Blackened Venison Roast
Cajun Venison Roast
So, watching a venison roast thaw and trying to figure out what to do with it can lead to a lot of ideas. On this particular occasion, I decided I wanted something spicy, because I didn't know what deer this roast was from, so I didn't know if it was going to be gamy or not. I figured blackening it would be enough to compensate for any gamy flavor, if there was any, but would still be nice if the roast was really good...
Blackened Venison Roast
Serves about 4
- 2-3 lb. venison roast
- 2 Tbsp. Worcestershire sauce
- 1 Tbsp. soy sauce
- 1 large lime
- 1 medium lemon
- 2 cloves garlic, chopped
- 1 Tbsp. softened butter
- 2 tsp. paprika
- 2 tsp. sugar
- 2 tsp. black pepper
- 2 tsp. garlic powder
- 1 tsp. white pepper
- 1 tsp. cayenne pepper
- 1 tsp. dried thyme
- 1/2 tsp. dried basil
- 1/2 tsp. mustard powder
- 1/8 tsp salt
- 1 medium yellow onion
Part 1; Marinate
Juice the lime and lemon together, add the Worcestershire sauce and the soy sauce. Stir in the chopped garlic. Put over the venison roast and allow to marinate for about 24 hours, refrigerated. periodically turn, shake, or stir while marinating.
Take roast out of refrigerator about an hour before you plan to begin to cook it.
Part 2; Blackening
Mix paprika, sugar, black pepper, white pepper, cayenne pepper, thyme, basil, mustard powder, garlic powder, and salt in a small bowl and set aside for a minute.
Preheat oven to 300°F.
Remove roast from marinade and pat dry with paper towels. Try to get the roast as dry as you can. Dispose of marinade.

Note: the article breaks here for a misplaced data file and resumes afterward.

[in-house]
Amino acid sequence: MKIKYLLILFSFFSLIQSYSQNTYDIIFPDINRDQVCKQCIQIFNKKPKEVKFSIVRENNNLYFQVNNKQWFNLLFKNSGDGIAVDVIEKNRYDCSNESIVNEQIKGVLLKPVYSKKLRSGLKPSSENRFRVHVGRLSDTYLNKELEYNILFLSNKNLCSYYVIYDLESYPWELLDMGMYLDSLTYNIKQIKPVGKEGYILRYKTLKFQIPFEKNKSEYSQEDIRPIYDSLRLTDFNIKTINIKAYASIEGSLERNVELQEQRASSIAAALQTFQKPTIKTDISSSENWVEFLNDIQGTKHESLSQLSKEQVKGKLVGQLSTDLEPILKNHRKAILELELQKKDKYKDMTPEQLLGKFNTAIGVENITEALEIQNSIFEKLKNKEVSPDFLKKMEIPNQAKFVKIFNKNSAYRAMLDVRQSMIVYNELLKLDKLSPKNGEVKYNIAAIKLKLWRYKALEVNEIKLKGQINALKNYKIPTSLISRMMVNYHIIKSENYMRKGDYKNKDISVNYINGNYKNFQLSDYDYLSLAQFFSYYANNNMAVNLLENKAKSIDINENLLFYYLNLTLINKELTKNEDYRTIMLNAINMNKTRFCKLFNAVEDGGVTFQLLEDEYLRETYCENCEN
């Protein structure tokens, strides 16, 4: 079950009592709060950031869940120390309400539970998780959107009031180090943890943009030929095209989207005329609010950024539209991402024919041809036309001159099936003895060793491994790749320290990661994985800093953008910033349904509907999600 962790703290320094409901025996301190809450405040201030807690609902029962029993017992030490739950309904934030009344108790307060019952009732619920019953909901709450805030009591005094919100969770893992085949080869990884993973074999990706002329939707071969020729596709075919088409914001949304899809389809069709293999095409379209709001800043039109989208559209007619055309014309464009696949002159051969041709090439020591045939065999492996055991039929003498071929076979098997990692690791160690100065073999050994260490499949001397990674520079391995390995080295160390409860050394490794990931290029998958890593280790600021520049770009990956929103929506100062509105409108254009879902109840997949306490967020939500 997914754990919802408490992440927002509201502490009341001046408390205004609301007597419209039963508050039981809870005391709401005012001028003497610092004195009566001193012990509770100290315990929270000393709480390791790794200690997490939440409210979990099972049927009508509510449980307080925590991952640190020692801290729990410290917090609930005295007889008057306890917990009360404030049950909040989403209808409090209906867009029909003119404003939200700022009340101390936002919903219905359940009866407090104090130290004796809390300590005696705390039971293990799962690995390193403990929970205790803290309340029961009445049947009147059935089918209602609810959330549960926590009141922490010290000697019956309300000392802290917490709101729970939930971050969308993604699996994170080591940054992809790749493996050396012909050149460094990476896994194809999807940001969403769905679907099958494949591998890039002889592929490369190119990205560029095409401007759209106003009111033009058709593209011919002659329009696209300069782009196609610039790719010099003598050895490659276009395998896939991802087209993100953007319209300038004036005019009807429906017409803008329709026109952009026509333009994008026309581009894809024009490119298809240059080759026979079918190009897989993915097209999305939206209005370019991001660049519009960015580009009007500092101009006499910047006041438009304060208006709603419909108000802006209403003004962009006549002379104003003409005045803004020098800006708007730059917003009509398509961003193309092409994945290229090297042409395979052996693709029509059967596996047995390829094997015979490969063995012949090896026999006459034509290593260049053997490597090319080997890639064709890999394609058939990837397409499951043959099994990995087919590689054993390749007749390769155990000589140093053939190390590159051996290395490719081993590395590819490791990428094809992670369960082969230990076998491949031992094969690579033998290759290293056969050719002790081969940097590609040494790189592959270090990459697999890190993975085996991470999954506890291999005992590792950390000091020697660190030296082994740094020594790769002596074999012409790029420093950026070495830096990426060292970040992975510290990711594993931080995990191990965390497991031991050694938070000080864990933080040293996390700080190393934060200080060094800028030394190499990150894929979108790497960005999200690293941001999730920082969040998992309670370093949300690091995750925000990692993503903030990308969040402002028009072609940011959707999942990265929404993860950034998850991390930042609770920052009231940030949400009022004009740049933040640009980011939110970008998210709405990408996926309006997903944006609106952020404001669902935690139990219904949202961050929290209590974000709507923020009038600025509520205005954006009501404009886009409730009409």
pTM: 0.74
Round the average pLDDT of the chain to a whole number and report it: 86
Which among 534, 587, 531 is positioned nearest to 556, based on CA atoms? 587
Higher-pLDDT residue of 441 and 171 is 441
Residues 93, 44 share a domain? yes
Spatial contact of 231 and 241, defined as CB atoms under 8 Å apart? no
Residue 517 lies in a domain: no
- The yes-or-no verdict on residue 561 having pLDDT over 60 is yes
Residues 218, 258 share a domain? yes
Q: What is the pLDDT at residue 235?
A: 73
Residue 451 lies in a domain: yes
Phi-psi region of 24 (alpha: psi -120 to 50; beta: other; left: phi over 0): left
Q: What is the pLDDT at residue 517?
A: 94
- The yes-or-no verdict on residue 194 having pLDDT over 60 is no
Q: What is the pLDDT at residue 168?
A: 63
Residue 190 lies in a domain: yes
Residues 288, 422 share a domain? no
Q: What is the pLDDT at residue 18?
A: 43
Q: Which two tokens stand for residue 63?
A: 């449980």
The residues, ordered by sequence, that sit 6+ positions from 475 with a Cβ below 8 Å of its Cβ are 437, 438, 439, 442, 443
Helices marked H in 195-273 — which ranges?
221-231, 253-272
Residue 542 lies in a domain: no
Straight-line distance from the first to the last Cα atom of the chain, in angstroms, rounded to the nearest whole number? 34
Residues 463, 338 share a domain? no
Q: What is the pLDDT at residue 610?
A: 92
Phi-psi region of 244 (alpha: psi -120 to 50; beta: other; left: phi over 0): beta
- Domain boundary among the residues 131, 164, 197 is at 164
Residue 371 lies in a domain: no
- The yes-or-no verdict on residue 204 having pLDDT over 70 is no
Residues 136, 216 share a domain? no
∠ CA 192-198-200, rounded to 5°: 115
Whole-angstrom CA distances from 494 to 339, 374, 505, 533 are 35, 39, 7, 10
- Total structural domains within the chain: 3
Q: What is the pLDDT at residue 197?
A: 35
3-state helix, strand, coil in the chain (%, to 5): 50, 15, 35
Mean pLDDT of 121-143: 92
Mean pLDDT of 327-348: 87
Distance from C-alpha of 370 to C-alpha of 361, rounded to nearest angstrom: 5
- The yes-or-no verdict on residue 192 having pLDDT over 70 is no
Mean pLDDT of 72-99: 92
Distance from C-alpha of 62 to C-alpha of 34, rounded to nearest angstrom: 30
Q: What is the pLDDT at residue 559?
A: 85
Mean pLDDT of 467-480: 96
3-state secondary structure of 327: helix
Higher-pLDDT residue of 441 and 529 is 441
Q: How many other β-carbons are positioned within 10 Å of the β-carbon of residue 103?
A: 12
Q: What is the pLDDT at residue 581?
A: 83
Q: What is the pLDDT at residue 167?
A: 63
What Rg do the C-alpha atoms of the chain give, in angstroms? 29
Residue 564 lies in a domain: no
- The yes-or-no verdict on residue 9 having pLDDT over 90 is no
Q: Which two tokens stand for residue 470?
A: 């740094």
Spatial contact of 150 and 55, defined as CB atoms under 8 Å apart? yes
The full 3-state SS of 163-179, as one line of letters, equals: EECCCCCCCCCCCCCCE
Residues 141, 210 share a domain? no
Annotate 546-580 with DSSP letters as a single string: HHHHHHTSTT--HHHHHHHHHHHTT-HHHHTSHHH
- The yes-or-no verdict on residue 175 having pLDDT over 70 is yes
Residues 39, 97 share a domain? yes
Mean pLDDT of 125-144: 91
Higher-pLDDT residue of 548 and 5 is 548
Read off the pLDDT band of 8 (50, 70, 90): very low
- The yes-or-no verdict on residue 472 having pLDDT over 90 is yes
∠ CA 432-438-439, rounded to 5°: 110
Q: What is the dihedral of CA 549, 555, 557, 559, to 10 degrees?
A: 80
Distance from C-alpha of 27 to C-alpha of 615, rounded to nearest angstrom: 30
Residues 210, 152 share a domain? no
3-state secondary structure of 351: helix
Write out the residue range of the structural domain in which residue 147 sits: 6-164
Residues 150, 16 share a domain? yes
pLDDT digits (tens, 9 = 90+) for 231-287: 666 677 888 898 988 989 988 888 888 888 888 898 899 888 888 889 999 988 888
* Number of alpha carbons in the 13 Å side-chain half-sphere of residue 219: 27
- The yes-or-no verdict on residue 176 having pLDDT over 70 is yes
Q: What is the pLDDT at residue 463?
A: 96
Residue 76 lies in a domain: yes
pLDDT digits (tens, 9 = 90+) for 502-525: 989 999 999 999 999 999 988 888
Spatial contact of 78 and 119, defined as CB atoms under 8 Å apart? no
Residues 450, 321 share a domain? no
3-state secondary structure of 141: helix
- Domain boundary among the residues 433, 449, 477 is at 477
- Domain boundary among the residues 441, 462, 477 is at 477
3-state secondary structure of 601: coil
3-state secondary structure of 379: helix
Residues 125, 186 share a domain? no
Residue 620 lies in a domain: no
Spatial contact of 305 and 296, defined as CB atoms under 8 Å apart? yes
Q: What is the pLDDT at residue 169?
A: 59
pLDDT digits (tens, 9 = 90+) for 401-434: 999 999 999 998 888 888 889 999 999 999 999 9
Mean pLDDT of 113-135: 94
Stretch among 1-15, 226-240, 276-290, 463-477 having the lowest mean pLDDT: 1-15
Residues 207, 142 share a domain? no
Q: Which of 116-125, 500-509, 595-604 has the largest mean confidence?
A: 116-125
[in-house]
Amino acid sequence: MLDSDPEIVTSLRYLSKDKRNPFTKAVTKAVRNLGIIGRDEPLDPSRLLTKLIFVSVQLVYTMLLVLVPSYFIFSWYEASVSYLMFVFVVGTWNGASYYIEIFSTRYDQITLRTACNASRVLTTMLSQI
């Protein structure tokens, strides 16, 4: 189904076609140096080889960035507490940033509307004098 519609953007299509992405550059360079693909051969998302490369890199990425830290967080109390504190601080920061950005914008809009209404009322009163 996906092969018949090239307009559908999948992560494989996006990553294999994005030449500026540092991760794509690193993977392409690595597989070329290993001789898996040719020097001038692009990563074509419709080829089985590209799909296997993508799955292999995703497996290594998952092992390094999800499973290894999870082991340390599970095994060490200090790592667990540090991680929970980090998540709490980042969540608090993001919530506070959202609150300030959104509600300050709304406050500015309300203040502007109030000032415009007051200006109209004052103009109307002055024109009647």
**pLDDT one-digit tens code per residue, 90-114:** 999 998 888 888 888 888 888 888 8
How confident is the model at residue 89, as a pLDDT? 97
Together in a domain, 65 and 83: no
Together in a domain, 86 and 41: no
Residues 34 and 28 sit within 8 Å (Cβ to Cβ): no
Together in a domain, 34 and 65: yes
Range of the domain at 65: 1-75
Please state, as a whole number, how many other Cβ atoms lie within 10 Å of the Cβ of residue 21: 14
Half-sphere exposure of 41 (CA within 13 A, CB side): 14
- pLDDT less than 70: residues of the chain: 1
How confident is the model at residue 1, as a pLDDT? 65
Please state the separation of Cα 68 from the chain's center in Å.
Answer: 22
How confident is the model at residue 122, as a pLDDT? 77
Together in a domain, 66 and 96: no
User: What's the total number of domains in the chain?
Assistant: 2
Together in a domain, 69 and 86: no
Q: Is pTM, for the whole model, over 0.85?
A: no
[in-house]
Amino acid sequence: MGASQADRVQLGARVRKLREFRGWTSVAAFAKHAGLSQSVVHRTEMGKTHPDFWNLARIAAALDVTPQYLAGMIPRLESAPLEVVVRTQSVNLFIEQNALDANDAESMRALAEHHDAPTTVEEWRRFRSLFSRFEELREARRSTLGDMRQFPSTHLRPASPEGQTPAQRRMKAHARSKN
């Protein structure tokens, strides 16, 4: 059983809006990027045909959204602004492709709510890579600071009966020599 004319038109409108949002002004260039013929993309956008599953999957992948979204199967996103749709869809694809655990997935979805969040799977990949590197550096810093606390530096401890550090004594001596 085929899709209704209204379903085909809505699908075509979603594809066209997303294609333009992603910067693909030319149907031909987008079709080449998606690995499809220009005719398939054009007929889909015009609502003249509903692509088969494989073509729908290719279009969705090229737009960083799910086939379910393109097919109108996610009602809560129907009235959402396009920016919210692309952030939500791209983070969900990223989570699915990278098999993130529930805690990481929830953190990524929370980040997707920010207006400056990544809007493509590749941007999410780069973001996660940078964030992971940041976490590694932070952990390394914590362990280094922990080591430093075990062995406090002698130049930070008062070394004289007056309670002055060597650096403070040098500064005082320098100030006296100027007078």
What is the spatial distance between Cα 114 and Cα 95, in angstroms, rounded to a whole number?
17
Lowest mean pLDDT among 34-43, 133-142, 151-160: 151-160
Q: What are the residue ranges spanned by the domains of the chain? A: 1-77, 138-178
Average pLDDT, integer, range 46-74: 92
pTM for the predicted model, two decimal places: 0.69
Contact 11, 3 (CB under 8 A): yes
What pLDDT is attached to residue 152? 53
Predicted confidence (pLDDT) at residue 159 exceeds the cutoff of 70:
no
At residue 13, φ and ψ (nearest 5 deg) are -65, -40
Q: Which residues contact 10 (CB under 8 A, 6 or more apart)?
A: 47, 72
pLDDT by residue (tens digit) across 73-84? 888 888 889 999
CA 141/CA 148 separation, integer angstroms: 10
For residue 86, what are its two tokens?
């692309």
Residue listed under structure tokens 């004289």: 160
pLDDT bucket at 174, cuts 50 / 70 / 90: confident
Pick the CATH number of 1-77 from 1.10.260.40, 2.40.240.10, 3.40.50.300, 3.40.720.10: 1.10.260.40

Carefully butter the entire surface of the roast. This is similar to greasing a pan to bake, but with the opposite intent. You don't want the roast buttery, just sticky with the butter.
Pour the spice mixture onto a large plate, and press the buttered roast into the spices. Turn the roast and season each side, just pressing the roast into the spices. Make sure every surface of the roast is covered with the spice mixture. Don't forget the ends.
Heat a heavy skillet or heavy frying pan until it's good and hot. This will take a few minutes, and a little longer the heaver the pan. Without oil in the pan, you want to get the pan hot enough that a water droplet will dance.
Now, for actually blackening the roast. (Warning, this will be smokey, you'll want some ventilation.)
Put the roast in the pan. Cook for abut 3 minutes per side. Again, remember the ends. You may need to use tongs to hold the roast up while it cooks. The spice coating will be a dark, brownish-red color when you're done.
Part 3; Roasting
Transfer the roast to a roasting pan or dutch oven. Keep the roast on a rack so it's off the bottom of the pan.
Wash and peel the onion. Slice the onion into four thick slices. Use toothpicks to hold the slices onto the top of the roast as sort of a cover.
Cover the roasting pan or dutch oven and put in the oven. Bake to an internal temperature of 170°-180°F.
Part 4; Serving
Let the roast cool for 5-10 minutes before slicing. If you slice the roast thick, people who don't care for the spiciness will have an easier time removing the blackening rub for a milder flavor.
I like to serve this with baked potato and a sweet or sweetened vegetable.
This same concept should be good with beef, lamb, pork, elk, bison, or other roasts, as well as venison.